A YELLOWSTONE volcano hotspot fuelled by scorching magma from deep inside of Earth has travelled 400 miles across southern Idaho, USGS geologists have revealed.
The Yellowstone volcano hotspot has fed past eruptions in a chain of at least seven volcanic fields in the northwestern US. US Geological Survey (USGS) maps show the volcanic fields have emerged near the border of Idaho, Oregon and Nevada, before ending in Wyoming. The hotspot, which currently supplies the Yellowstone volcano, was pushed along the northwest by the moving North American tectonic plate.
According to Idaho Geological Survey geologist Zach Lifton, tectonic movements pushed the hotspot along for 16 million years.
In an article for the USGS’ weekly Caldera Chronicles, the geologist said Yellowstone is an example of a hotspot volcano.
The geologist said: “Volcanic hotspots are fed by plumes of hot material rising from deep in the Earth, which can result in the formation of magma closer to the surface and that might eventually erupt
“As the North American tectonic plate moved southwest through time over the mostly stationary plume, a series of eruptions occurred, forming a hotspot ‘track’.
“The result is a chain of ancient volcanic fields that started over 16 million years ago near the Idaho/Nevada/Oregon border and that gets progressively younger across southwestern Idaho and the eastern Snake River Plain.”
Geologists have identified seven volcanic fields in the northwest US, starting with the McDermitt field about 16.5 million years ago.
The volcanic field formed on the border between Oregon and Nevada just south of the Columbia River Basalt.
About 15 million years ago, the hotspot then fed the Owyhee-Humboldt field to the east of McDermitt.
The hotspot then continued northeast, forming the Bruneau-Jarbidge, Twin Falls and Heise fields.
Eventually, the hotpot gave birth to the Yellowstone volcano field approximately 2 million years ago.
As the Yellowstone hotspot migrated across the US, it also likely affected earthquake activity in Idaho, Wyoming, Utah and Montana.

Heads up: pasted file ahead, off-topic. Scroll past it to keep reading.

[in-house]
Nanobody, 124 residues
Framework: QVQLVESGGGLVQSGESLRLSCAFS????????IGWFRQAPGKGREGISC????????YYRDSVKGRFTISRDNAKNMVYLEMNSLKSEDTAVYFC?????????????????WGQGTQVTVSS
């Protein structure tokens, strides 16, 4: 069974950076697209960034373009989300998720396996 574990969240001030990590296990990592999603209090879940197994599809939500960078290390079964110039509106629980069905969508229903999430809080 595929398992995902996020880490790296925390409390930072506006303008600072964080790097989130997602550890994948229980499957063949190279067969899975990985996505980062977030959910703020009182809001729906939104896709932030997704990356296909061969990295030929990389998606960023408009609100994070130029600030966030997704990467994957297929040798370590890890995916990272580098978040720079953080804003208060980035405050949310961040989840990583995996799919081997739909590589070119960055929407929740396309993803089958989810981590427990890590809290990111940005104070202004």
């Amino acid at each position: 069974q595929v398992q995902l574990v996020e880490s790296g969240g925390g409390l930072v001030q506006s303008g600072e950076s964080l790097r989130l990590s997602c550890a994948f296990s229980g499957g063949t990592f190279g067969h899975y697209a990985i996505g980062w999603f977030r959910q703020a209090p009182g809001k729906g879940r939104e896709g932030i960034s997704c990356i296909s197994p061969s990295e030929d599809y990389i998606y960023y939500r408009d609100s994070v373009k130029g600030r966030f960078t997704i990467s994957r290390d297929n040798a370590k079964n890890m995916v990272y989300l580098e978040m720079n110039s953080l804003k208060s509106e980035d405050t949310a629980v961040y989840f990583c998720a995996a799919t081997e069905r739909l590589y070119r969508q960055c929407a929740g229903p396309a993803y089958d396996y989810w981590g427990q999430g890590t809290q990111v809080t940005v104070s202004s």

Geologists have found evidence of a similar hotspot track in Hawaii, where the migration of volcanic material created the Emperor Seamount-Hawaiian Ridge.
Most of the volcanoes from that track are buried deep under the ocean, stretching across 3,500 miles up to Russia’s Kamchatka Peninsula.
But the youngest volcanoes born from the hotspot’s movements are still seen today in the form of the Hawaiian Islands.
Dr Lifton said: “While most volcanic activity occurs near the boundaries of tectonic plates, hotspot volcanoes are unique because they can develop in the interiors of plates far from their boundaries.
“Hotspots were first recognised after plate tectonic theory revolutionised geology.
“As geologists began collecting more and better seafloor data in the 1950s and 1960s, they noticed strings of volcanoes lined up along straight paths.”
Yellowstone volcano is believed to have had three major eruptions in its past, with the most recent one 640,000 years ago.
The so-called Lava Creek eruption formed the Yellowstone Caldera and Lava Creek Tuff in Wyoming, Montana and Idaho.
Before that, Yellowstone suffered the Mesa Falls eruption 1.3 million years ago and the Huckleberry Ridge eruption 2.1 million years ago.
Since the Lava Creek event, there have been 80 nonexplosive eruptions.
1. The USGS predicts Yellowstone’s next big eruption will by hydrothermal and not explosive.
2. More than 1,000 earthquakes strike the Yellowstone volcano every year.
3. Yellowstone was the first US National Park when it was established in 1872.
4. Yellowstone is larger than the states of Rhode Island and Delaware combined.
5. There are more than 10,000 hydrothermal features across Yellowstone.
Volcanic hotspots are fed by plumes of hot material rising from deep in the Earth